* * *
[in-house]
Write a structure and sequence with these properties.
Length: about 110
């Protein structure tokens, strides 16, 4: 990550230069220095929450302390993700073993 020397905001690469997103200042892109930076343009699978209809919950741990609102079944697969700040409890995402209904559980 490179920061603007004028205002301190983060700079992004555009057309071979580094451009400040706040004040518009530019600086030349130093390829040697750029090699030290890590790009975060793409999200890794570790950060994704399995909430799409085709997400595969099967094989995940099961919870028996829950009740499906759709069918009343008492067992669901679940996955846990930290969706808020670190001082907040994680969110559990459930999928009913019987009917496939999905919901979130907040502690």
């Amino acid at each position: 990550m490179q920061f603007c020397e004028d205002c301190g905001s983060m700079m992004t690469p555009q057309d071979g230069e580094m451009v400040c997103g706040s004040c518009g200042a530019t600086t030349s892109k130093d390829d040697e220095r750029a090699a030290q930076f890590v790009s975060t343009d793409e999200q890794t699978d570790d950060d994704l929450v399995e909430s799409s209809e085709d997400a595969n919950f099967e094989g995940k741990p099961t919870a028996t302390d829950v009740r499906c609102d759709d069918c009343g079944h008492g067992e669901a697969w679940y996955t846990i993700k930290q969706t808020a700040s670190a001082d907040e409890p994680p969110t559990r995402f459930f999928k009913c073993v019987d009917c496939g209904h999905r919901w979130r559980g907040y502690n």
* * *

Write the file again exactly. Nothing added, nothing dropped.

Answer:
[in-house]
Write a structure and sequence with these properties.
Length: about 110
């Protein structure tokens, strides 16, 4: 990550230069220095929450302390993700073993 020397905001690469997103200042892109930076343009699978209809919950741990609102079944697969700040409890995402209904559980 490179920061603007004028205002301190983060700079992004555009057309071979580094451009400040706040004040518009530019600086030349130093390829040697750029090699030290890590790009975060793409999200890794570790950060994704399995909430799409085709997400595969099967094989995940099961919870028996829950009740499906759709069918009343008492067992669901679940996955846990930290969706808020670190001082907040994680969110559990459930999928009913019987009917496939999905919901979130907040502690």
């Amino acid at each position: 990550m490179q920061f603007c020397e004028d205002c301190g905001s983060m700079m992004t690469p555009q057309d071979g230069e580094m451009v400040c997103g706040s004040c518009g200042a530019t600086t030349s892109k130093d390829d040697e220095r750029a090699a030290q930076f890590v790009s975060t343009d793409e999200q890794t699978d570790d950060d994704l929450v399995e909430s799409s209809e085709d997400a595969n919950f099967e094989g995940k741990p099961t919870a028996t302390d829950v009740r499906c609102d759709d069918c009343g079944h008492g067992e669901a697969w679940y996955t846990i993700k930290q969706t808020a700040s670190a001082d907040e409890p994680p969110t559990r995402f459930f999928k009913c073993v019987d009917c496939g209904h999905r919901w979130r559980g907040y502690n």